- Language Tips
BEIJING - New funeral charge regulations have been issued that could calm the annual negative headlines that dog the industry ahead of early April's tomb sweeping festival.
A document was issued last week by the National Development and Reform Commission (NDRC) and the Ministry of Civil Affairs ruling funeral services should be split into two categories -- basic services and optional ones.
Fees for basic services, including transportation and storage of the body, cremation and care of ashes, will be decided by local governments. They will set the standard based on the services' cost and the subsidies funeral businesses receive from the government.
Fees for optional services -- for example, body preservation and funeral arrangements -- can be decided by funeral homes under a proposed government standard.
The administration will also decide the price of tombs in non-profit-making public cemeteries and intervene when commercial cemeteries charge too much, the document said.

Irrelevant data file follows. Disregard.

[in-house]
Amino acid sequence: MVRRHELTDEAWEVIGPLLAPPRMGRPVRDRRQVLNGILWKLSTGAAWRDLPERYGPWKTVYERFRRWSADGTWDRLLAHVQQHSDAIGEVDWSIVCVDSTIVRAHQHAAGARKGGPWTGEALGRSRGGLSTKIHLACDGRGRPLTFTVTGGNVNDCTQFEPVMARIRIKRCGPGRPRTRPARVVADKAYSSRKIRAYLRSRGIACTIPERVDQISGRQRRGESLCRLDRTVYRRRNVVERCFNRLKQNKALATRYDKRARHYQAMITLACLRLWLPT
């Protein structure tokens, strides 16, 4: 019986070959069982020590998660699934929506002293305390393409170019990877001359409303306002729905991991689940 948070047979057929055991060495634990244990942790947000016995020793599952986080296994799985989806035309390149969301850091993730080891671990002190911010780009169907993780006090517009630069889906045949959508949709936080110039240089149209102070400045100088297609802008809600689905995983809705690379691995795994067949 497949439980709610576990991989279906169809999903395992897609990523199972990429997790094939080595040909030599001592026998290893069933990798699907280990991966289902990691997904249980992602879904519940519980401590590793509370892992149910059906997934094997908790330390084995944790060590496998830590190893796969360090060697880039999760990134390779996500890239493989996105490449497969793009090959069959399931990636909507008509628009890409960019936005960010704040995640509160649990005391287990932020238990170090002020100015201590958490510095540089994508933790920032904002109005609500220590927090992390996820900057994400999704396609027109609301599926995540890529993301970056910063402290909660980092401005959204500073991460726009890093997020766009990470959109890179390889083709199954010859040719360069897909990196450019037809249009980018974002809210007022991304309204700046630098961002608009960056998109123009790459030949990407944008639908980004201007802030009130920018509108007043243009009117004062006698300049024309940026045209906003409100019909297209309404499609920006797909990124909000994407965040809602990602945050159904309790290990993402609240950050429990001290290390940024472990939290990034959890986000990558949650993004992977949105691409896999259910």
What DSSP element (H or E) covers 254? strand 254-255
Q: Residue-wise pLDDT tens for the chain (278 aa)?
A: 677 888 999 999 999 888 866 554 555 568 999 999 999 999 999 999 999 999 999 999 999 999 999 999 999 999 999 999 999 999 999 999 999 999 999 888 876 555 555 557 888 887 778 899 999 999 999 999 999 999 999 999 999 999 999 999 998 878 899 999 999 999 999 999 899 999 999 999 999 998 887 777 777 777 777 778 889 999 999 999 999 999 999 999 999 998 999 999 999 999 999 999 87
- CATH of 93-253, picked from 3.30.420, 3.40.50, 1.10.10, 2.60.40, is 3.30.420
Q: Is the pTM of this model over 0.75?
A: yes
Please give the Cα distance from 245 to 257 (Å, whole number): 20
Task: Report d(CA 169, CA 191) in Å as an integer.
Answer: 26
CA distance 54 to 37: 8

The regulation urged local governments to work out preferential funeral pricing for needy families.
Governments across the country will launch a campaign to manage funeral homes' illegal charging policies, said the NDRC statement.
The public can report malpractice in this industry to a hotline, 12358, it added.
Recently, the Shanghai city government launched an eco-friendly public cemetery which uses less land and features lower charges. The cemetery contains about 100,000 small tombs and each costs around 1,000 yuan ($159).
The government of East China's Shandong province also pledged to remove basic funeral service charges for all low-income families this year.
The Qingming Festival, or Tomb Sweeping Day, whick falls on April 4 this year, is a centuries-old tradition in China meant to mourn the death of ancestors and loved ones.